Although today is officially the final day for members of the public to ‘have their say’ in Lancashire County Council’s (LCC) consultation on two controversial fracking applications, County yesterday confirmed that, as they have not yet set a date for the hearings, they will continue to accept submissions from the public for “at least another two weeks”, which would take us to Friday 1 May.
Two more weeks to send in your objections. full story……………
This is the beginning of the end.
The race for renewable energy has passed a turning point. The world is now adding more capacity for renewable power each year than coal, natural gas, and oil combined. And there’s no going back.
Read Report From Bloomberg Business……..
There is no question that California’s water system is in crisis. With water levels at their lowest point in decades, there are increasing concerns that our state’s water supply and delivery system may not be able to meet growing needs. California’s current drought has greatly increased water competition in areas with oil and gas wells, 96% of which are located in areas experiencing severe water shortages.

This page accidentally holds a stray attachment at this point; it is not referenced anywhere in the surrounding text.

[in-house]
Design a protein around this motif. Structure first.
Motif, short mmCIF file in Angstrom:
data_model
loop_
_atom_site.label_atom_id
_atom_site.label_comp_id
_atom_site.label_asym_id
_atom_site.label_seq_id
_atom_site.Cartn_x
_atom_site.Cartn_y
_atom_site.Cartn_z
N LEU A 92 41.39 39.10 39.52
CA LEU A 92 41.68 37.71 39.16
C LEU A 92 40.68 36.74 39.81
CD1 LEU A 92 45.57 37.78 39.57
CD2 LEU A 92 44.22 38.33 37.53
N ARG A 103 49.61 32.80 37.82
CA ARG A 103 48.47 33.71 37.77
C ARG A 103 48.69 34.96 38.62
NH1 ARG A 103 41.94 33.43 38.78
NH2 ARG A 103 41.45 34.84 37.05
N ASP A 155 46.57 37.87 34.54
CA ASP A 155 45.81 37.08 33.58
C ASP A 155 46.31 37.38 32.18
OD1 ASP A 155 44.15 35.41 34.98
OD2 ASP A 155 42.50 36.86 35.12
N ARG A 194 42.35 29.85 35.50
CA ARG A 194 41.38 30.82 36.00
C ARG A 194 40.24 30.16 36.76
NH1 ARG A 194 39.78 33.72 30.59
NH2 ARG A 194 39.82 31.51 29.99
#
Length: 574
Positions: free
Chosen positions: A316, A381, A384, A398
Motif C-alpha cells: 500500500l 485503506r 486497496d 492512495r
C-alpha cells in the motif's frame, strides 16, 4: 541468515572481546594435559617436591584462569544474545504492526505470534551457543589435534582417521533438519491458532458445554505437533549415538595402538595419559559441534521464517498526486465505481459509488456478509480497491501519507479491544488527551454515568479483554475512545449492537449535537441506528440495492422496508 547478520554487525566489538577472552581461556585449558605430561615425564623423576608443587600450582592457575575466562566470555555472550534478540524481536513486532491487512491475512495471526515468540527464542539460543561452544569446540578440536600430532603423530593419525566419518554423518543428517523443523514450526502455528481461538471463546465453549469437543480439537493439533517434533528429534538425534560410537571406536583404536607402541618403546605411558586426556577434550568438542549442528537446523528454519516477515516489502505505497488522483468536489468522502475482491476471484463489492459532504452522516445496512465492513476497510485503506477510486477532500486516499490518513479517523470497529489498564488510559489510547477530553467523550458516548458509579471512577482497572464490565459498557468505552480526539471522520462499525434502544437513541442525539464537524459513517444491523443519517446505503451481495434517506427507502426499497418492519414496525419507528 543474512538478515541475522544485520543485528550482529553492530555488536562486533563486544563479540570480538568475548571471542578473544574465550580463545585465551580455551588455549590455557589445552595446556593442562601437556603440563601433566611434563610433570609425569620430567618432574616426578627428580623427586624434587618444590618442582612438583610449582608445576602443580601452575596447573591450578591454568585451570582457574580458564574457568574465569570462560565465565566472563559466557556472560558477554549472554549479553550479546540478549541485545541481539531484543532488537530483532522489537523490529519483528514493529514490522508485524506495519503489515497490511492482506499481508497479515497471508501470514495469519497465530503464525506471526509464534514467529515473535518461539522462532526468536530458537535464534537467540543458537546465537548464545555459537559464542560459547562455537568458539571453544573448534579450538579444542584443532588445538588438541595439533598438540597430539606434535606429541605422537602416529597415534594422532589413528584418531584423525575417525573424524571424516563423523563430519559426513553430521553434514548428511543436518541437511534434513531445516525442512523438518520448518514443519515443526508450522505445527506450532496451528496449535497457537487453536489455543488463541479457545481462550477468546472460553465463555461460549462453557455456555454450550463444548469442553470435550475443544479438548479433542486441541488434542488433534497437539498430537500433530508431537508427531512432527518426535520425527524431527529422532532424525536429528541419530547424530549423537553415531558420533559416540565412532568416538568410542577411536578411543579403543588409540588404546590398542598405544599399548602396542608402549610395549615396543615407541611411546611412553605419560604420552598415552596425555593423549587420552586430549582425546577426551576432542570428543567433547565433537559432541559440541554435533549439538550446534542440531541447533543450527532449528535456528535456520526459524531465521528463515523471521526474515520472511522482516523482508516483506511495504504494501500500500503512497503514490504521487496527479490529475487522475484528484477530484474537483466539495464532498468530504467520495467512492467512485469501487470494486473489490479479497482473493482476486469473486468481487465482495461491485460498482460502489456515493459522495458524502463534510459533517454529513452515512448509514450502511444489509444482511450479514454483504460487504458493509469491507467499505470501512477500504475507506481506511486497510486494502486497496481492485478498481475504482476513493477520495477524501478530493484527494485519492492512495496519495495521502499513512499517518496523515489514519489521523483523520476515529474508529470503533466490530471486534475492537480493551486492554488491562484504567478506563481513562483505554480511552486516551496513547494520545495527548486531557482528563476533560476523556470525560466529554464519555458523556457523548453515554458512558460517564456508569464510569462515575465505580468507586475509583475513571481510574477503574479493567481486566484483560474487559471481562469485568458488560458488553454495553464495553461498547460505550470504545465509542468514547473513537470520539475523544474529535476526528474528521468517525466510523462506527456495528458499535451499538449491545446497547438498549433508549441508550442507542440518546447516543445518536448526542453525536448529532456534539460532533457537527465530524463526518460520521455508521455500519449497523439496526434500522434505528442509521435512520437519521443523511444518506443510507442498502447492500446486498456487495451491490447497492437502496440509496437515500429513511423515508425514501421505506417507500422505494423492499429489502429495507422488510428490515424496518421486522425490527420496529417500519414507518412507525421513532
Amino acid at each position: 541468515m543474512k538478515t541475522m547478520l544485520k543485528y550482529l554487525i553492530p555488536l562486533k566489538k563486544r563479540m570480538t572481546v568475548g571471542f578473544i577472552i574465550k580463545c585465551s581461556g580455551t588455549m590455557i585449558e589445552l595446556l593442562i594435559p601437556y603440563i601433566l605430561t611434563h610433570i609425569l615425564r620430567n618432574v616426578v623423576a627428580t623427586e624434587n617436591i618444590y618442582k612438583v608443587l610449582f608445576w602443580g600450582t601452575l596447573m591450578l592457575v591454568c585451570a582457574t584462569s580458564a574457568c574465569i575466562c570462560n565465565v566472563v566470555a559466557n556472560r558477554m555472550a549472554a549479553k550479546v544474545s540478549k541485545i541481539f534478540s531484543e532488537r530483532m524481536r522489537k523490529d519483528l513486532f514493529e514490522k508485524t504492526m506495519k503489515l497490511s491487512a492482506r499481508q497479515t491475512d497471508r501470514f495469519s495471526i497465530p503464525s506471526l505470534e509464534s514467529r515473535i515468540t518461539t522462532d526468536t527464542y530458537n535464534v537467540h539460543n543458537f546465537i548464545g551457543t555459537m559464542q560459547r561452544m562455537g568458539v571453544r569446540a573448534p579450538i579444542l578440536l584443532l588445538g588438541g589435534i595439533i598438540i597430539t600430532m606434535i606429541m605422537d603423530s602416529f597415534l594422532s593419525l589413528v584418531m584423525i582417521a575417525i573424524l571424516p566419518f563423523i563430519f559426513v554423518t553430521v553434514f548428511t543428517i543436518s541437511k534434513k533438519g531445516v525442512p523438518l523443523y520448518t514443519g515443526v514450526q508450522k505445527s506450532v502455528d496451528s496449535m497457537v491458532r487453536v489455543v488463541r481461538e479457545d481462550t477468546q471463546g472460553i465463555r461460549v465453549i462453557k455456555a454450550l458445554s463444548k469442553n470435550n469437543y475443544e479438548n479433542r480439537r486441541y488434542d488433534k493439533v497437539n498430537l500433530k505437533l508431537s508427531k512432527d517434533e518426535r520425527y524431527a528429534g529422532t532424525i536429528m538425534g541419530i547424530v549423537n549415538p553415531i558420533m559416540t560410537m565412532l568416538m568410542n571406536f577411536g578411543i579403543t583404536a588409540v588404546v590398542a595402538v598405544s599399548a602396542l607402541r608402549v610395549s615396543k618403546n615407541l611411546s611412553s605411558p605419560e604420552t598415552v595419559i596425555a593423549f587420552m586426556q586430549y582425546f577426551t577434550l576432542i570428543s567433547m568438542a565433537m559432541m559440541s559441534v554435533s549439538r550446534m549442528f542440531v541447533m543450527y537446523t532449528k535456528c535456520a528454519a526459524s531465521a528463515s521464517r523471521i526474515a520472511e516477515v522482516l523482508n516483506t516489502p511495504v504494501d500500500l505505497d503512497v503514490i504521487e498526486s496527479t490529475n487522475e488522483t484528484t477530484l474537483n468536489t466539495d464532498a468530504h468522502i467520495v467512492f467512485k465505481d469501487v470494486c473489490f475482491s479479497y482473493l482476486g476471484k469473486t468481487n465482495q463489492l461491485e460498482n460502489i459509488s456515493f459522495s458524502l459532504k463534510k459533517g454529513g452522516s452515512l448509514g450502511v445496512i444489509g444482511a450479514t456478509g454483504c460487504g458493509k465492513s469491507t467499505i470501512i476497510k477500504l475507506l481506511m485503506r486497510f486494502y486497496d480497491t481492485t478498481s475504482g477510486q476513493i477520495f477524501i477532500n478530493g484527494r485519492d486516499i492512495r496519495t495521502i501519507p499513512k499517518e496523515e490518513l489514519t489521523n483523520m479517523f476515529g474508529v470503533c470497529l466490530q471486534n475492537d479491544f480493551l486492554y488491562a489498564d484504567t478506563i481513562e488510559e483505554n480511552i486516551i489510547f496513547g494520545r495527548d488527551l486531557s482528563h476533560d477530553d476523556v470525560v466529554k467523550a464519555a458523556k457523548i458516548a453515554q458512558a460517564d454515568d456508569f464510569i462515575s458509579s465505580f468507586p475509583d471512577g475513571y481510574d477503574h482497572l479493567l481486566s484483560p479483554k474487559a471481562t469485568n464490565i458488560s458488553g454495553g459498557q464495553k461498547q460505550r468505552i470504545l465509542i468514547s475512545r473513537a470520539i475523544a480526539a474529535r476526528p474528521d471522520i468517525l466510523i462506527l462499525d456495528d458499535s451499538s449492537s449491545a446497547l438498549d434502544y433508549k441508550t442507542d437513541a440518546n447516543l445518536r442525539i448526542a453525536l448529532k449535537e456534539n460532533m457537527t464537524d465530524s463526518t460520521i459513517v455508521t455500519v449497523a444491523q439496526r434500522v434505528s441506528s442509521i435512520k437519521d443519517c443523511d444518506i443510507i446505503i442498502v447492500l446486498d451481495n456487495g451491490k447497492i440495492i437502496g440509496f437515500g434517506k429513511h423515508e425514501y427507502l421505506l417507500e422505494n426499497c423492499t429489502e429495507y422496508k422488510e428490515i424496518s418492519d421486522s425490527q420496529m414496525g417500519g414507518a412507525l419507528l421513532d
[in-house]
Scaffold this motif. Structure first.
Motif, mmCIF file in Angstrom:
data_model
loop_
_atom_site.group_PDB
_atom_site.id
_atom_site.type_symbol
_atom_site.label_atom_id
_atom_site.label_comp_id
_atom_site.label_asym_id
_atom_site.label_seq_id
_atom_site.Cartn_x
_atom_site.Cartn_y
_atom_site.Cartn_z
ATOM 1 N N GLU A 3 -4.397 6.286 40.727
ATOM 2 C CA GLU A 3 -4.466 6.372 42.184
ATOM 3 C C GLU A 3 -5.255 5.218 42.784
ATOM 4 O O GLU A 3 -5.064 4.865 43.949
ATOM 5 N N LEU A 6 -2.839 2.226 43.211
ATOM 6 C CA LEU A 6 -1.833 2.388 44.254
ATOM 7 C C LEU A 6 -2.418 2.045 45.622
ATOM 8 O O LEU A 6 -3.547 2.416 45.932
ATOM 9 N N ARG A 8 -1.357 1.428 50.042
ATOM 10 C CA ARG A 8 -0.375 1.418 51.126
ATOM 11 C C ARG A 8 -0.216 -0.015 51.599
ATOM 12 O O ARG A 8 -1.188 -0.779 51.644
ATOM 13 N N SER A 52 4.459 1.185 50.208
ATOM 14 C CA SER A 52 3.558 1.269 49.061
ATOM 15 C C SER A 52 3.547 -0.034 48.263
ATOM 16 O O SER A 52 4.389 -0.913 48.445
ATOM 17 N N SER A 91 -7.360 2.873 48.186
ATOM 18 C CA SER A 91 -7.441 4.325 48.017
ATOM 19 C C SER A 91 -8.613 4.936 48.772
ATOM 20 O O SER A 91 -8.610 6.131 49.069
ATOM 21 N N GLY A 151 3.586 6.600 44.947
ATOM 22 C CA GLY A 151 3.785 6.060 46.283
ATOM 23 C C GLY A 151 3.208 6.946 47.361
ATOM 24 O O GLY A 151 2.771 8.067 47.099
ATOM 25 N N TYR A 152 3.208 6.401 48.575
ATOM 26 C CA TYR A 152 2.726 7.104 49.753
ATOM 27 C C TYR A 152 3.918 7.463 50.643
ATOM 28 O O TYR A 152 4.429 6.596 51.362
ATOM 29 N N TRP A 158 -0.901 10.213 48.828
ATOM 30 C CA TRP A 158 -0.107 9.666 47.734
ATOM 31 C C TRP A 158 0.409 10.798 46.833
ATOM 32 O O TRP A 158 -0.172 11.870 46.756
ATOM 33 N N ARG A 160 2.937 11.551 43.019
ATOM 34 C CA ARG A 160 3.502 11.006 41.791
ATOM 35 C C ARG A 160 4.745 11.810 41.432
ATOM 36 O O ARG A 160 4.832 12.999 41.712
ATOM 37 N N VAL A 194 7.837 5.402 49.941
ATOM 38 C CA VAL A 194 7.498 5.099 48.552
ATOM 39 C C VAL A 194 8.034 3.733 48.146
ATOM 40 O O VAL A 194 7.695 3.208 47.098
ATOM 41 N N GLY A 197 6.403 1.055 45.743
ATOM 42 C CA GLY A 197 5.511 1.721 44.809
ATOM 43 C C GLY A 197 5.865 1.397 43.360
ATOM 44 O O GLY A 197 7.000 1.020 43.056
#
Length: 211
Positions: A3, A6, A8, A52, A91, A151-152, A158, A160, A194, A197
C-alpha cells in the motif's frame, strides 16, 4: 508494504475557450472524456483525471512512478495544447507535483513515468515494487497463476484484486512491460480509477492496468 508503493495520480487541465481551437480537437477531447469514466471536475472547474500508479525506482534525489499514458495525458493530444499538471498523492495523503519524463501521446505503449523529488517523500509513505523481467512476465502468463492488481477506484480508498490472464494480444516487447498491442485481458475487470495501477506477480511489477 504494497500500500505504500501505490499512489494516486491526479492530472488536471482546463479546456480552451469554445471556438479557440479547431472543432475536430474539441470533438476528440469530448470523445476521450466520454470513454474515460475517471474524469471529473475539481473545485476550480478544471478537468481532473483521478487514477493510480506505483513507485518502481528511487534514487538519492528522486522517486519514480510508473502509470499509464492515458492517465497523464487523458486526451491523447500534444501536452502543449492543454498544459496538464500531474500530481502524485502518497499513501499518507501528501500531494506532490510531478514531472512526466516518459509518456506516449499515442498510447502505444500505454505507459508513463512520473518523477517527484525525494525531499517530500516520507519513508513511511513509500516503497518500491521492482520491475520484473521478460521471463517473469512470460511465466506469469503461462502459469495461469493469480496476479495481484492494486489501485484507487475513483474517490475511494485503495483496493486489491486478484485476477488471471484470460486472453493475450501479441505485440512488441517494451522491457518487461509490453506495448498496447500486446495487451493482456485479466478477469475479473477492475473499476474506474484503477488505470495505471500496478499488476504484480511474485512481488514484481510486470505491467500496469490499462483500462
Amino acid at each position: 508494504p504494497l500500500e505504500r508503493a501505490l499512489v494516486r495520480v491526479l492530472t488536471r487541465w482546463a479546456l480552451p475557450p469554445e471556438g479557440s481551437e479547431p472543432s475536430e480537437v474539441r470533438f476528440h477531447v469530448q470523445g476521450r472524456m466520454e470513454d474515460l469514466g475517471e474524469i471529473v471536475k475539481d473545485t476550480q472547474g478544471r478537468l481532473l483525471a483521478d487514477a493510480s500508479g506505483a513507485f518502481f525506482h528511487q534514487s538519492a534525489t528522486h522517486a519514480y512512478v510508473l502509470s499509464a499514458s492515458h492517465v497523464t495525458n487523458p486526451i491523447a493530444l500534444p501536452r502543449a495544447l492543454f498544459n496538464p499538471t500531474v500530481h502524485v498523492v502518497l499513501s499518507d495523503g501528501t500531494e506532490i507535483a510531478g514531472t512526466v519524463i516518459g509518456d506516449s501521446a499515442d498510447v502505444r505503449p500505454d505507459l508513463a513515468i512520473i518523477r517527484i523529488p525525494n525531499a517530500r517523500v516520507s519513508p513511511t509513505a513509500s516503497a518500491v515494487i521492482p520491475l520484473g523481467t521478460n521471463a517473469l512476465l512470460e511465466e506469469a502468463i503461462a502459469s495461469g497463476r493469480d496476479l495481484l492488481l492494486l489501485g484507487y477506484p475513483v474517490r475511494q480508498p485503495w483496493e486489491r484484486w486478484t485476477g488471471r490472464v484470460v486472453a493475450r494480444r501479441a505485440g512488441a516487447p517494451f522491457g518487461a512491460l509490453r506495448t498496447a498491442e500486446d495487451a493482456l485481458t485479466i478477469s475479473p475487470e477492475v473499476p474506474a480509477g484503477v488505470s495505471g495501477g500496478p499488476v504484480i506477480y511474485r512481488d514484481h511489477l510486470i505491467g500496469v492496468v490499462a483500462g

Given the significance of securing California’s water supply, it is important to understand the potential consequences of fracking and other forms of unconventional oil development on California’s water supply including availability and price of water, the potential for water contamination, and the billions of barrels of contaminated water that are produced as a byproduct of the fracking process.
Health professionals call for an immediate moratorium on fracking due to serious risks to public health: